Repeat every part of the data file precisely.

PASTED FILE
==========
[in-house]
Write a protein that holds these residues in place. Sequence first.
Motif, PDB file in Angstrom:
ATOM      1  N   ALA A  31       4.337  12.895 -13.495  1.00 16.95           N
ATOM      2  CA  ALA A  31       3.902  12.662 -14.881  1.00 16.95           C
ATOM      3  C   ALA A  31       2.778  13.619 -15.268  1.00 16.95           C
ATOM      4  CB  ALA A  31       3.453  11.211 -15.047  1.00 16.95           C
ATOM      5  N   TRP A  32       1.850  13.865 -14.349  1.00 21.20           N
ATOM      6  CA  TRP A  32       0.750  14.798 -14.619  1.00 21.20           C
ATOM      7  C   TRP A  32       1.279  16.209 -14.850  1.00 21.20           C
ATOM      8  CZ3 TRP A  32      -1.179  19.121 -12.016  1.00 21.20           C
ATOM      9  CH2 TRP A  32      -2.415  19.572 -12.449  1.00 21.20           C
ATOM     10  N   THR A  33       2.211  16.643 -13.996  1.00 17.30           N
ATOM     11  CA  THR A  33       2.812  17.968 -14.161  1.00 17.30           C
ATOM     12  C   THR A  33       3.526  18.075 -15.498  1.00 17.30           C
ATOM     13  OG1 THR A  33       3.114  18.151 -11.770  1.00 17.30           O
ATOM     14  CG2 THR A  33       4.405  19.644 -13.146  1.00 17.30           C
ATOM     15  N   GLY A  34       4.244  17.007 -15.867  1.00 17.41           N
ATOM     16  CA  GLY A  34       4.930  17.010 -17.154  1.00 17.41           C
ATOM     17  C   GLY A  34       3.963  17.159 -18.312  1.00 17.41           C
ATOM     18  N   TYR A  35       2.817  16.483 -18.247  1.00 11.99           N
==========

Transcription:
[in-house]
Write a protein that holds these residues in place. Sequence first.
Motif, PDB file in Angstrom:
ATOM      1  N   ALA A  31       4.337  12.895 -13.495  1.00 16.95           N
ATOM      2  CA  ALA A  31       3.902  12.662 -14.881  1.00 16.95           C
ATOM      3  C   ALA A  31       2.778  13.619 -15.268  1.00 16.95           C
ATOM      4  CB  ALA A  31       3.453  11.211 -15.047  1.00 16.95           C
ATOM      5  N   TRP A  32       1.850  13.865 -14.349  1.00 21.20           N
ATOM      6  CA  TRP A  32       0.750  14.798 -14.619  1.00 21.20           C
ATOM      7  C   TRP A  32       1.279  16.209 -14.850  1.00 21.20           C
ATOM      8  CZ3 TRP A  32      -1.179  19.121 -12.016  1.00 21.20           C
ATOM      9  CH2 TRP A  32      -2.415  19.572 -12.449  1.00 21.20           C
ATOM     10  N   THR A  33       2.211  16.643 -13.996  1.00 17.30           N
ATOM     11  CA  THR A  33       2.812  17.968 -14.161  1.00 17.30           C
ATOM     12  C   THR A  33       3.526  18.075 -15.498  1.00 17.30           C
ATOM     13  OG1 THR A  33       3.114  18.151 -11.770  1.00 17.30           O
ATOM     14  CG2 THR A  33       4.405  19.644 -13.146  1.00 17.30           C
ATOM     15  N   GLY A  34       4.244  17.007 -15.867  1.00 17.41           N
ATOM     16  CA  GLY A  34       4.930  17.010 -17.154  1.00 17.41           C
ATOM     17  C   GLY A  34       3.963  17.159 -18.312  1.00 17.41           C
ATOM     18  N   TYR A  35       2.817  16.483 -18.247  1.00 11.99           N